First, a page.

And the Trojans saw the return of junior Chauncey Washington, who played for the first time since 2003 and gained 55 yards in eight carries.
"It worked out great," Gable said. "We had fresh legs in there every play."
"They are young and you might not know their names, but they are good," Arkansas Coach Houston Nutt said. "When they get the ball on the 45 or the 50, it makes things easy for them and hard on our defense."
The easy victory would not have been possible without a spirited performance by a defense that displayed its speed throughout the game.
Arkansas' run-oriented offense was supposed to be upgraded with the arrival of offensive coordinator Gus Malzahn, who led nearby Springdale High to a state championship last season.
But the Trojans, playing mainly out of a 3-4 alignment that capitalizes on their talent and depth at linebacker, limited Arkansas to 287 yards and forced mistakes that eventually led to points.
Senior linebacker Dallas Sartz and junior nose tackle Sedrick Ellis forced fumbles and cornerbacks Terrell Thomas and Cary Harris and linebacker Thomas Williams intercepted passes thrown by Arkansas quarterbacks. Robert Johnson, the Razorbacks' starter, put together only one scoring drive.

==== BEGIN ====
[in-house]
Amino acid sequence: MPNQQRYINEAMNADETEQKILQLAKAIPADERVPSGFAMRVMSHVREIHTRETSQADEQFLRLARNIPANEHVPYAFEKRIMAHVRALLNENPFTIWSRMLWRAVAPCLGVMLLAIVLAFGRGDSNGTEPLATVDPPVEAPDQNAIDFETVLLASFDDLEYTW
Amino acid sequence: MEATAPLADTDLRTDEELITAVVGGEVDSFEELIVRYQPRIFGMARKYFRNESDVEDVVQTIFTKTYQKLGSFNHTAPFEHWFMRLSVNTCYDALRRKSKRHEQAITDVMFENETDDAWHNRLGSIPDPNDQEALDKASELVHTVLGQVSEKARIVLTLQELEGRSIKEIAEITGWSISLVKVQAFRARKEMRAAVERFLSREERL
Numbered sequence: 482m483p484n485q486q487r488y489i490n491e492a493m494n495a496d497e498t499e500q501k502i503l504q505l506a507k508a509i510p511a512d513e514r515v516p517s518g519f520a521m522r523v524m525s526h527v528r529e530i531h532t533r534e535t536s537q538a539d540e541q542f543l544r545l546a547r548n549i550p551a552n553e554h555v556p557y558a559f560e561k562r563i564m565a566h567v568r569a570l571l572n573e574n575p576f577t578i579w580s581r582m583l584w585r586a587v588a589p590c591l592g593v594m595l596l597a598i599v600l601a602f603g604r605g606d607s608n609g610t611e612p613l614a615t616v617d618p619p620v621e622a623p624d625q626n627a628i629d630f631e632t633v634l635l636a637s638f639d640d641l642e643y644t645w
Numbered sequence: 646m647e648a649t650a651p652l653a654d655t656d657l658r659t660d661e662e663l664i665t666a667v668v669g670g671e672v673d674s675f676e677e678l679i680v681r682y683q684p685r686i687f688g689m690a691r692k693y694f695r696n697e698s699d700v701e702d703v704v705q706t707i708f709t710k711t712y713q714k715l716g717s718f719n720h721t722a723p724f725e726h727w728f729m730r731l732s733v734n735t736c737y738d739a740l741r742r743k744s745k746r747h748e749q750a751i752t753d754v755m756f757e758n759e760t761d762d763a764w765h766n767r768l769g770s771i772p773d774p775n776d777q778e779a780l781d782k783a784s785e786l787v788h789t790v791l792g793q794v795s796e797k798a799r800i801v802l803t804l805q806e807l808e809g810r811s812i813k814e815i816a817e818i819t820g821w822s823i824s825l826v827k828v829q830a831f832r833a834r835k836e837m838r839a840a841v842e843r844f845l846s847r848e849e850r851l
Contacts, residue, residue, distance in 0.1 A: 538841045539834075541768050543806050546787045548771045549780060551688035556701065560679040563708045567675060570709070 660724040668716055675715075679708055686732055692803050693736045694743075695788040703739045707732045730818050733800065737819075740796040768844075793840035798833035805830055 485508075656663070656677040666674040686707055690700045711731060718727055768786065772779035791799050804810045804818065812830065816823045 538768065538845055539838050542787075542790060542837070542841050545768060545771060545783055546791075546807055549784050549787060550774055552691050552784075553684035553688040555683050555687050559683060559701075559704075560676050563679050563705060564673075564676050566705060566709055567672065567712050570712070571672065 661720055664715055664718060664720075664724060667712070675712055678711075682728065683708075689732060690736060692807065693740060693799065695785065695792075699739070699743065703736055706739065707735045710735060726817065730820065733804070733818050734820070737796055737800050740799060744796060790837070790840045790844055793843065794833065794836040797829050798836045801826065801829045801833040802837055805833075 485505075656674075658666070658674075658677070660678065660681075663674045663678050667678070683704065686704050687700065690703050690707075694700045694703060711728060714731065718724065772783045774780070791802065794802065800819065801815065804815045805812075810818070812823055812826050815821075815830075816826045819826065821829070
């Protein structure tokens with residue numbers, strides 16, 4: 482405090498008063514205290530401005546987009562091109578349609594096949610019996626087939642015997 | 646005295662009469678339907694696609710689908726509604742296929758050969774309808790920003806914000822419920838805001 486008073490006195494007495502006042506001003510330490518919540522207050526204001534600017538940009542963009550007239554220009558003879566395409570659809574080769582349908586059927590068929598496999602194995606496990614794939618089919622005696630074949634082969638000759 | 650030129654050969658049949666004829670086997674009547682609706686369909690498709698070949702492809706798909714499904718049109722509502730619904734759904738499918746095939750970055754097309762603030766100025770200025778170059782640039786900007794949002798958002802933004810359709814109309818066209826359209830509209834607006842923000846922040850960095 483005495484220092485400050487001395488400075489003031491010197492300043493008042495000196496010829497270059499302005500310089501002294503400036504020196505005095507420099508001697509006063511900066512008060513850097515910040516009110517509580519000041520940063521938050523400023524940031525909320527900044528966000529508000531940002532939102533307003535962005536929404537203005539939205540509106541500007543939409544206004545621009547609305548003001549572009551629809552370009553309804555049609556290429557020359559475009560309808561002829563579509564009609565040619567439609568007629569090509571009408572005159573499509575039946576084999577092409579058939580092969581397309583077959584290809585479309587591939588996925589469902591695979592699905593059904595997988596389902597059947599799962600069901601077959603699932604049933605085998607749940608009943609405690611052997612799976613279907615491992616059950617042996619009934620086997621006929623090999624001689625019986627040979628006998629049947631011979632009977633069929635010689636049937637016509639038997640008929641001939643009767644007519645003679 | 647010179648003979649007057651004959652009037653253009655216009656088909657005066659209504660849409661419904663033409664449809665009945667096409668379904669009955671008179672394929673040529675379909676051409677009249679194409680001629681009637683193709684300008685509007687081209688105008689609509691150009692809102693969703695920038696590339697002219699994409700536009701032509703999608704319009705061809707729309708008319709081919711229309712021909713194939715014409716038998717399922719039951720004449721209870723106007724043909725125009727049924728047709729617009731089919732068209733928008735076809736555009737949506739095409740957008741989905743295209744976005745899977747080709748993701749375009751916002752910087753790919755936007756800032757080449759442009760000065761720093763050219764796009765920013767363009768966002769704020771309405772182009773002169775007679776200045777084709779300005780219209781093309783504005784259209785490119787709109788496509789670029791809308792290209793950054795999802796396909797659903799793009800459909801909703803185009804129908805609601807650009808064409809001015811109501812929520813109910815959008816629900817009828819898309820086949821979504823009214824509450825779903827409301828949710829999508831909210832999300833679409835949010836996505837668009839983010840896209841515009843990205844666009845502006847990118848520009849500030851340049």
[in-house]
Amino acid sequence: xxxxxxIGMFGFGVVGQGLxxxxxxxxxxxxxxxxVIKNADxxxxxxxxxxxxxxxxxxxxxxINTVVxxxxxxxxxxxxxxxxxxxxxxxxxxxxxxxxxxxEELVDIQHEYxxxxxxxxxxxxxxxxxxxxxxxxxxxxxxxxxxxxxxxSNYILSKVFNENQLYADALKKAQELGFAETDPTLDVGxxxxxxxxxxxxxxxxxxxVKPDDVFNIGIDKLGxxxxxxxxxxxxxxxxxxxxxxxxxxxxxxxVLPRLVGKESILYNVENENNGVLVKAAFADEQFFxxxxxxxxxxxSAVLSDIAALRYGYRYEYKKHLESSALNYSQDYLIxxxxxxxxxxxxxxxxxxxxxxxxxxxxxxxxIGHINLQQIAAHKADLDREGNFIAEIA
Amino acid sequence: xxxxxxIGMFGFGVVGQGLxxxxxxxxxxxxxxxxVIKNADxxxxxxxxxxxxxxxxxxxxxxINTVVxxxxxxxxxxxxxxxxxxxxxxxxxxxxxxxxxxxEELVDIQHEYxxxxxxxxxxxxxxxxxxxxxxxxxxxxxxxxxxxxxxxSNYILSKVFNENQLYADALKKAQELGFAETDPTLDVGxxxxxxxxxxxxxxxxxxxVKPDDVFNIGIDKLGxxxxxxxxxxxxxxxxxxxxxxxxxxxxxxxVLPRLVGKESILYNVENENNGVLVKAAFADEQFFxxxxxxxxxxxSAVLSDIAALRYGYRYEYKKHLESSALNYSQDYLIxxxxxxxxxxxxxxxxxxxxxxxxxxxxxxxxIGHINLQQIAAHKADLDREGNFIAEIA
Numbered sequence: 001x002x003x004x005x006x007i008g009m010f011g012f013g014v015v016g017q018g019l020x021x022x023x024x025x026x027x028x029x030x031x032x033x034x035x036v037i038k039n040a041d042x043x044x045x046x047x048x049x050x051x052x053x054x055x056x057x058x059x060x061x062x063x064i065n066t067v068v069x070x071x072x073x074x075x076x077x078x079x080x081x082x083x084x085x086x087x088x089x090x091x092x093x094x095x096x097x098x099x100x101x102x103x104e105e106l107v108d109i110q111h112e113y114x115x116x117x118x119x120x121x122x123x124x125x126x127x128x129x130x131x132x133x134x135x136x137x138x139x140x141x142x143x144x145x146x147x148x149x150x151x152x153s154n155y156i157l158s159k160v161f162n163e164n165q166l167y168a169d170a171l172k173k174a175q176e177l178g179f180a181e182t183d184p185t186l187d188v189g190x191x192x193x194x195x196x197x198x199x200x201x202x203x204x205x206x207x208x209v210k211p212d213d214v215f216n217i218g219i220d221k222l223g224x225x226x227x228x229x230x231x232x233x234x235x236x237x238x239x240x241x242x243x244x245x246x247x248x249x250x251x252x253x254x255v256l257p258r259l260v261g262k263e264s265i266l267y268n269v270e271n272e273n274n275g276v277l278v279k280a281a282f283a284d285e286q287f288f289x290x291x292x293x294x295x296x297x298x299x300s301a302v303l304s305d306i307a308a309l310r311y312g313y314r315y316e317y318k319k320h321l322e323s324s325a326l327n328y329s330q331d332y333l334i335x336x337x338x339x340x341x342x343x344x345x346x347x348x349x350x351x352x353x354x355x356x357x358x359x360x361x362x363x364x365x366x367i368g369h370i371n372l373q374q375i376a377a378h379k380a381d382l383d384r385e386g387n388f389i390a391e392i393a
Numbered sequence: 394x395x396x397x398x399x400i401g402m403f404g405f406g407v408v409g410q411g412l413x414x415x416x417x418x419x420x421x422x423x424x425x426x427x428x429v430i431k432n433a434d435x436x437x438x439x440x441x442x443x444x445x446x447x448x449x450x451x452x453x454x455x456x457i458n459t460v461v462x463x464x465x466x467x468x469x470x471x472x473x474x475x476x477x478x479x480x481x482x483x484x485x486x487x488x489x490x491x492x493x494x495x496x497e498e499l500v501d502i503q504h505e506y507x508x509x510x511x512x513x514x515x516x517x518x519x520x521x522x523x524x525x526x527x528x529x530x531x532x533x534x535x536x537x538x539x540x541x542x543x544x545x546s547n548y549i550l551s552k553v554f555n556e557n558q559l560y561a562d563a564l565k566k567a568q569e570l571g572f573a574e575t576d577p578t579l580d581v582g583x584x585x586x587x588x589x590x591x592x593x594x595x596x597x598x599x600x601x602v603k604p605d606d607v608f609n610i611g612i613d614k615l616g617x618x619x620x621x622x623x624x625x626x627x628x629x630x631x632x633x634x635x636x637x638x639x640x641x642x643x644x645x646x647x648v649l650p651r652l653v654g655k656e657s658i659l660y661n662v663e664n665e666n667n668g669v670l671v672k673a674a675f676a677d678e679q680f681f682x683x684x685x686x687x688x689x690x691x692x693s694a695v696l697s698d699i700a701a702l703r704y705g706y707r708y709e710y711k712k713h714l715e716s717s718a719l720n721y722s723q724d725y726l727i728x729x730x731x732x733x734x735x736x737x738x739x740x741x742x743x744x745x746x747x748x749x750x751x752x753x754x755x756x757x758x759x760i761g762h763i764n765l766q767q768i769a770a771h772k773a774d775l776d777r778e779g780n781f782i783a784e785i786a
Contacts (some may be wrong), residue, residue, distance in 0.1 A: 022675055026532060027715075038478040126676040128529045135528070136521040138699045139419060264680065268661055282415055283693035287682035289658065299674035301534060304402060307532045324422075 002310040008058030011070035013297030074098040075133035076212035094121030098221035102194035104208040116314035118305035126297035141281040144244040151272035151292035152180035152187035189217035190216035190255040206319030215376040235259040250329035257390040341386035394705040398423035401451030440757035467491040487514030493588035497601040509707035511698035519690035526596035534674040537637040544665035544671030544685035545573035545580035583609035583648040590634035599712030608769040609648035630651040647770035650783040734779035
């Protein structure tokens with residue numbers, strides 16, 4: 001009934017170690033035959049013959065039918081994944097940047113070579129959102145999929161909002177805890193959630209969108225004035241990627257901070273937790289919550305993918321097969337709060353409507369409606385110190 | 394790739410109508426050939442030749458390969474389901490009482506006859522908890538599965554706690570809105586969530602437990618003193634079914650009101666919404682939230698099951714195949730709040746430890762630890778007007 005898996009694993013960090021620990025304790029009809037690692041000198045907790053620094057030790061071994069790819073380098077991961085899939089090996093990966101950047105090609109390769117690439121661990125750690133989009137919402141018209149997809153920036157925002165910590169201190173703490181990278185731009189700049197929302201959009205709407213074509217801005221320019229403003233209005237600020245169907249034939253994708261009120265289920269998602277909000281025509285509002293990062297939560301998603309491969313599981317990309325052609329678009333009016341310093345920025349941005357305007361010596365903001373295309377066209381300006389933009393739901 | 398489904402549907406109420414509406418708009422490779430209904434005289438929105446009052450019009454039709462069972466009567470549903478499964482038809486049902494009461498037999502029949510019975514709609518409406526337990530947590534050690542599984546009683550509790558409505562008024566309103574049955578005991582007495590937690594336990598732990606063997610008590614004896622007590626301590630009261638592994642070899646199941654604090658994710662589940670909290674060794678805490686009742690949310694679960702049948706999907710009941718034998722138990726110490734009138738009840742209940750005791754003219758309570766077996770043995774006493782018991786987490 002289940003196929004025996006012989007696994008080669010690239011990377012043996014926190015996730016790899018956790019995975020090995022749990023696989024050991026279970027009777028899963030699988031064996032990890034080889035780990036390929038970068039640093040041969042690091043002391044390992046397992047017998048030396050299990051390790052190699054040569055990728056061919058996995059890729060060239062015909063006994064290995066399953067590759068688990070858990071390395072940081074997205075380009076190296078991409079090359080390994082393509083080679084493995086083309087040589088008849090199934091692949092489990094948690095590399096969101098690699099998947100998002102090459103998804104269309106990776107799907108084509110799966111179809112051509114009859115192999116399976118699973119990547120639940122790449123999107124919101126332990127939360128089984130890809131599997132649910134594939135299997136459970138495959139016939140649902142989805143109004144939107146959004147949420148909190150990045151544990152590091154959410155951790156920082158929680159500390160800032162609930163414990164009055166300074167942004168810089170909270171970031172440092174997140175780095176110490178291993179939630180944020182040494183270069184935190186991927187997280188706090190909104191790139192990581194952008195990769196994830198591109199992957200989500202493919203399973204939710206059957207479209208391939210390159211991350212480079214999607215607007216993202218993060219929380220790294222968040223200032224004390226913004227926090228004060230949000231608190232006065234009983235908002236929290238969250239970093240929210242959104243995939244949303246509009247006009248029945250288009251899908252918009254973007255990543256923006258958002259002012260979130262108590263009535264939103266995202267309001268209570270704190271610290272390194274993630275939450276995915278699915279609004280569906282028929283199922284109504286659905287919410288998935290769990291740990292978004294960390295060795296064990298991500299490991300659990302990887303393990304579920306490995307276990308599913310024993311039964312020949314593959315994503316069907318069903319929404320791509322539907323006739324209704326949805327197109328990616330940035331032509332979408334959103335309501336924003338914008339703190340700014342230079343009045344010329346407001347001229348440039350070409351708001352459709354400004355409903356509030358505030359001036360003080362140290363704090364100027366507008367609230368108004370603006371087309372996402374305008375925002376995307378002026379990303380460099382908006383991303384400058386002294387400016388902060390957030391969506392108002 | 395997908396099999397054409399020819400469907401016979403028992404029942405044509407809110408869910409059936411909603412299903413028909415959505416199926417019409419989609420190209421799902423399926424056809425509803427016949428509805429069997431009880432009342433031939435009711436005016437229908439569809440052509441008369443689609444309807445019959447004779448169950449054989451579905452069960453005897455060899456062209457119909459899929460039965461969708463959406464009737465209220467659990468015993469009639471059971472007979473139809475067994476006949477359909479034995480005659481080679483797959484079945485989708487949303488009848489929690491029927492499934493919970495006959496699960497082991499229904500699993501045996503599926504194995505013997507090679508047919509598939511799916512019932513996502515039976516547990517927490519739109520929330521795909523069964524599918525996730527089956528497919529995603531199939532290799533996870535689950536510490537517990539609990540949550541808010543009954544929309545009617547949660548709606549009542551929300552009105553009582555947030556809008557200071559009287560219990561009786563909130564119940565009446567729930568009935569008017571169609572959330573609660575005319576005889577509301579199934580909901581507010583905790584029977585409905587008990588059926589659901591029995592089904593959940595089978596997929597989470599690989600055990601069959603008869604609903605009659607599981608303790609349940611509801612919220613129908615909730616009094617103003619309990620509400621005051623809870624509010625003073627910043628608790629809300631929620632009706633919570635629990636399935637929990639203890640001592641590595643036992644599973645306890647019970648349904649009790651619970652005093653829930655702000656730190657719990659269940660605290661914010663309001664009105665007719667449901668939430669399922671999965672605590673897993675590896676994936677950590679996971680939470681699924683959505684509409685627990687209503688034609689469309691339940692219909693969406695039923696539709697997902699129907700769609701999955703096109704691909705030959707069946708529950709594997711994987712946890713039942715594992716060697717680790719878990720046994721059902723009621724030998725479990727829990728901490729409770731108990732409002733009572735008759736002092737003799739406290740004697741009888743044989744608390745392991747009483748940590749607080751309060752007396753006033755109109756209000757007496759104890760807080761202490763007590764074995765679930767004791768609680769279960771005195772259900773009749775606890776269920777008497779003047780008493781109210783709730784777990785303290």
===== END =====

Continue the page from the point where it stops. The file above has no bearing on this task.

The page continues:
"The defense came together and we had a blast doing it," said Sartz, who suffered a season-ending shoulder injury against Arkansas last season. "We knew the offense would come out and do their thing."
USC took advantage of Arkansas turnovers and three field goals by Danelo to forge a 16-7 halftime lead.
In the early minutes, it looked as if it might become an exact repeat of the Trojans' 2003 opener, when USC intercepted a pass on the first series against Auburn and turned it into a touchdown en route to a 23-0 victory.
On the third play of the first possession Saturday night, Sartz forced Arkansas tailback Felix Jones to fumble and linebacker Keith Rivers recovered at the Arkansas 46. USC, however, moved no closer than the Razorbacks 18 and Danelo came on to kick a 35-yard field goal for a 3-0 lead.
Ellis made things easy for the offense in the second quarter by forcing Jones to fumble again at the Arkansas 22. Sophomore cornerback Kevin Thomas picked up the ball at the 15 and returned it to the three-yard line.
Two plays later, Gable took a handoff from Booty and ran around the right end for a touchdown and a 10-0 lead.
Danelo added a 38-yard field goal on USC's next possession before Arkansas scored its only touchdown against USC's first-team defense. Johnson capped an 80-yard drive with a one-yard run to make the score 13-7.
Danelo's career-best 44-yard field goal on the last play of the second quarter gave USC its nine-point lead at halftime.
As they did after playing road openers in 2004 and 2005, the Trojans return to Los Angeles with an open date before their home opener. USC plays Nebraska Sept. 16 at the Coliseum.
"All you ever want to be is undefeated at the bye," Carroll said. "Now we can go back to the competition [in practice] and get ready for Nebraska."